Uber and Lyft will continue to work together to talk about home elevators US drivers and delivery people accused of physical and sexual assault to make sure those folks are banned on both platforms, on Thursday in separate blogs both companies announced. HireRight, a ongoing company that focuses on conducting criminal background checks, will oversee the Sharing Safety Program database. Other transportation and delivery companies in america will have the opportunity to contribute and access the database provided that they stick to exactly the same data accuracy and privacy policies that Uber and Lyft must follow.
“You want to share these details with one another and hopefully soon with others, in order that our peers in this space could be informed and make decisions because of their own platforms to help keep those platforms safe,” Jennifer Brandenburger, Lyft’s head of policy development, told NBC News .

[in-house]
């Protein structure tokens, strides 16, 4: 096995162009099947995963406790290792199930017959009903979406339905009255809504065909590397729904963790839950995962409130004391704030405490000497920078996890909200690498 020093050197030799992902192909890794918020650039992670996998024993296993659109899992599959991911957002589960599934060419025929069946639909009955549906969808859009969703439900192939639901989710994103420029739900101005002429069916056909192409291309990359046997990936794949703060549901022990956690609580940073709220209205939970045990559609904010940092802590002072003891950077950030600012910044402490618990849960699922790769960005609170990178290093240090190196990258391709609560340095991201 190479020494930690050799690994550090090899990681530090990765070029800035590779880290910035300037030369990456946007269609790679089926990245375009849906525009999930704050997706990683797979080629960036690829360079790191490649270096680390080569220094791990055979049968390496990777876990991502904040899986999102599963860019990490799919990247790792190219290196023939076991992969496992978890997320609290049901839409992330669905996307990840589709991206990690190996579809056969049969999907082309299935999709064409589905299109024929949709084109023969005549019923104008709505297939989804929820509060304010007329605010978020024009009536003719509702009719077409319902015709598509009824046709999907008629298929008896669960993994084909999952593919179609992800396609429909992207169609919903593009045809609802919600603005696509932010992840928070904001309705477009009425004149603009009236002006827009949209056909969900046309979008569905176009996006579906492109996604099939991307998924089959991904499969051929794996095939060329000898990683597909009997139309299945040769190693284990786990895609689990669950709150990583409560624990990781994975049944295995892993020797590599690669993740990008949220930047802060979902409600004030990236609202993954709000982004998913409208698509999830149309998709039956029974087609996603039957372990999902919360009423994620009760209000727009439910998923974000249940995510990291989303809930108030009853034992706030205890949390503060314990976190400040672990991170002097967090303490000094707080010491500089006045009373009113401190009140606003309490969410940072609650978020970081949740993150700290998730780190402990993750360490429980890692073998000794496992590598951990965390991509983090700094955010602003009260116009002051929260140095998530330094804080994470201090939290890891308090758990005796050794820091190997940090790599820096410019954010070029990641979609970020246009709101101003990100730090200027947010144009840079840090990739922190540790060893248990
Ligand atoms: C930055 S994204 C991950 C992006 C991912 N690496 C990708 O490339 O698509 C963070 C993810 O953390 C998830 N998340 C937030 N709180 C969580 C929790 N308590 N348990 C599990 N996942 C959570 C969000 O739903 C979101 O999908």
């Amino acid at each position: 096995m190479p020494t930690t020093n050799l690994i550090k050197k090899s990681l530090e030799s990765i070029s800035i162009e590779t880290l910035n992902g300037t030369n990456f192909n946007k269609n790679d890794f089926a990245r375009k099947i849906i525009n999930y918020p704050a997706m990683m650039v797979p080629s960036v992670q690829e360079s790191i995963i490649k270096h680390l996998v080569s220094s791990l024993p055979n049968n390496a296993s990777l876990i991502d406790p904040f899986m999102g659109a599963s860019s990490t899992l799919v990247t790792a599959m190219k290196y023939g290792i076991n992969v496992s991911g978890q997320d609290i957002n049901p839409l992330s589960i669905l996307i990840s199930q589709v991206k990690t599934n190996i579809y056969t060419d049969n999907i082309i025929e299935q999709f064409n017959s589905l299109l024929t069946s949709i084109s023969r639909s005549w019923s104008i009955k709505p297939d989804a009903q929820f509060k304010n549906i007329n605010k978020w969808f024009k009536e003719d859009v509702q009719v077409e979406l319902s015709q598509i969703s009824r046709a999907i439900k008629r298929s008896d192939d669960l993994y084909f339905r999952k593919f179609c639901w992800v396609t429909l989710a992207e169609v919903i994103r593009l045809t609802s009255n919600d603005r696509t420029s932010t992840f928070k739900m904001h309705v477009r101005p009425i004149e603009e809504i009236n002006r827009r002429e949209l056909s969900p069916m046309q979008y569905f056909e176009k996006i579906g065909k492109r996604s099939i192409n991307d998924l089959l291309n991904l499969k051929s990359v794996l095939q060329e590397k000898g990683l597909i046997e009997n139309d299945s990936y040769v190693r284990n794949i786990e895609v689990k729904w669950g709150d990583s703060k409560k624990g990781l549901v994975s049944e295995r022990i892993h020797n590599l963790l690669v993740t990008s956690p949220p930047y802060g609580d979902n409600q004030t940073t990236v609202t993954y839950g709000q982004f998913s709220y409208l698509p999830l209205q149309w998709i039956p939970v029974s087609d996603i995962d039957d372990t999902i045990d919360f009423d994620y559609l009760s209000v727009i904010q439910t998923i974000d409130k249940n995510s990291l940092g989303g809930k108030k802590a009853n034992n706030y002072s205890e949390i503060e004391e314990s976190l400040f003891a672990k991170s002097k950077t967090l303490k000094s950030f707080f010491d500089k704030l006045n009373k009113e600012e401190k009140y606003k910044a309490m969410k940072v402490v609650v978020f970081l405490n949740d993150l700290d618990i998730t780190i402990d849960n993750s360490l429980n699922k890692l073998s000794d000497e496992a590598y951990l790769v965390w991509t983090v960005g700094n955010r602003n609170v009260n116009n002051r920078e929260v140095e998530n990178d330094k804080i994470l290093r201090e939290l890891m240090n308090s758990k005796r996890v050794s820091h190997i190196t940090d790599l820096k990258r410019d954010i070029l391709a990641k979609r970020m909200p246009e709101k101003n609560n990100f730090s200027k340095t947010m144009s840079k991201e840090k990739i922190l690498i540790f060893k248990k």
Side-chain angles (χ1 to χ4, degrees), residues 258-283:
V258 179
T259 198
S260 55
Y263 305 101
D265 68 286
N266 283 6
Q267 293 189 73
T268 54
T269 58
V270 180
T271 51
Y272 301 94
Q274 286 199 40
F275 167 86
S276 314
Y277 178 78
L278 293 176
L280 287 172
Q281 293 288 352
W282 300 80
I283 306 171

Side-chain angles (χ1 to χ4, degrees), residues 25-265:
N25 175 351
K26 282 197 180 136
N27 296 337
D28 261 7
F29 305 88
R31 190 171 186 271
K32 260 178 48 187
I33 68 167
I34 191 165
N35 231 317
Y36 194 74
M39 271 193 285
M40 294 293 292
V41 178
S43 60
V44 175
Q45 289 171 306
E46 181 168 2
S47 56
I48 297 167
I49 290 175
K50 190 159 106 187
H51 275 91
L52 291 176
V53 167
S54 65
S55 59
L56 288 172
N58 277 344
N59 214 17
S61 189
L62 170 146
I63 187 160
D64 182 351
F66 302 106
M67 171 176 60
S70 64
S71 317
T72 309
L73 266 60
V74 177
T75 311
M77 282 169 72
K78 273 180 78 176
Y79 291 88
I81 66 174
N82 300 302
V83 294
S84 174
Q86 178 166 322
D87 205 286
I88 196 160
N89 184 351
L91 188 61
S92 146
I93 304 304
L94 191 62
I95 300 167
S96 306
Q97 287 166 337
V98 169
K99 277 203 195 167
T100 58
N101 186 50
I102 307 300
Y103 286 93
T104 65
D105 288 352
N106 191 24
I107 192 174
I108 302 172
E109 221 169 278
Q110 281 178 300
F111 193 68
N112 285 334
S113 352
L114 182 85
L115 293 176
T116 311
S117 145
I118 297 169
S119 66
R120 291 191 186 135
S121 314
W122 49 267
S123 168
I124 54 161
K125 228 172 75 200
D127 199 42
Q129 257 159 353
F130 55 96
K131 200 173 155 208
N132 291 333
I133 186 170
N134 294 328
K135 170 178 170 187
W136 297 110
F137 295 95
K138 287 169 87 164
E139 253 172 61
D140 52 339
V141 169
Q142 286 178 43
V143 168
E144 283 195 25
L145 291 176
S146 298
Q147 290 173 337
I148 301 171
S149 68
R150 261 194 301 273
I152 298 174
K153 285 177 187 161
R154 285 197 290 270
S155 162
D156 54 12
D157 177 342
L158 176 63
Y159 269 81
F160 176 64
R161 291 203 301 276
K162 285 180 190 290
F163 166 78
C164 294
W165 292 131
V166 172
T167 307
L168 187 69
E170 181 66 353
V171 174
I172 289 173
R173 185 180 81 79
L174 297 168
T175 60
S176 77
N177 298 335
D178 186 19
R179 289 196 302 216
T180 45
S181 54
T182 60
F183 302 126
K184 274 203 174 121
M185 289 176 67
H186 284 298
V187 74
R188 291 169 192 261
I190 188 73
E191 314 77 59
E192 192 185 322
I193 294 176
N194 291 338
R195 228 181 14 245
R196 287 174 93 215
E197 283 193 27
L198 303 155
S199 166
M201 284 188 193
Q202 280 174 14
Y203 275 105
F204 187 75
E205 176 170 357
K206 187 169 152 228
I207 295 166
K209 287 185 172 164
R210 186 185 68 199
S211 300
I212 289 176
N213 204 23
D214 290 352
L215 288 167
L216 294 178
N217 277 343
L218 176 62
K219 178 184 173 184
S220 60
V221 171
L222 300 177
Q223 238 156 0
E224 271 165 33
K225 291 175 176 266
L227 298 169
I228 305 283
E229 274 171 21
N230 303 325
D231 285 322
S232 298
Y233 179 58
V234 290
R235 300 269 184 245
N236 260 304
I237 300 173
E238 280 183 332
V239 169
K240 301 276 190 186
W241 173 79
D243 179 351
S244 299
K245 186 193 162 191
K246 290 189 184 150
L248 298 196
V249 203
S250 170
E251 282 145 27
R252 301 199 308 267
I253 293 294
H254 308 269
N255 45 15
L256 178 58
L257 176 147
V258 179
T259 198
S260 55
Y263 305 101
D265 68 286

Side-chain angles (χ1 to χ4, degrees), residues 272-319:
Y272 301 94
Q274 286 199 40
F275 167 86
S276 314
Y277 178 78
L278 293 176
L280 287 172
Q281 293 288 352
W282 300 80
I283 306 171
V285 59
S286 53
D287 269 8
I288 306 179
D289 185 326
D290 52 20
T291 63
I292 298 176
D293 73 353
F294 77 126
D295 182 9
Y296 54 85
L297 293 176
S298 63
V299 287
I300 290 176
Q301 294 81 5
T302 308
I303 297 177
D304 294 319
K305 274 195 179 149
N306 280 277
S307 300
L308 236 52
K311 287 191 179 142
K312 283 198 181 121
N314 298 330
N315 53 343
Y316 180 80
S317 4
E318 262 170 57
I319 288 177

The database won’t include info on victims. Additionally, the incident that landed a driver in the database shall fall in broad categories.
Developing a joint database of sexual and physical abusers is really a major step for both companies. Both Uber and Lyft have already been frequently and criticized for doing inadequate to safeguard their passengers consistently, especially if they’re women, from predatory drivers. When Uber published its first safety report in 2019, the business revealed it had received 6 nearly,000 reports of sexual abuse reports between 2017 and 2018. In 2019, 14 unnamed women sued Lyft, alleging the ongoing company had didn’t run adequate criminal background checks on its drivers. Finding a solution to share the identities of contractors whom it had taken off its platform was among the actions Uber said it could ingest its safety report.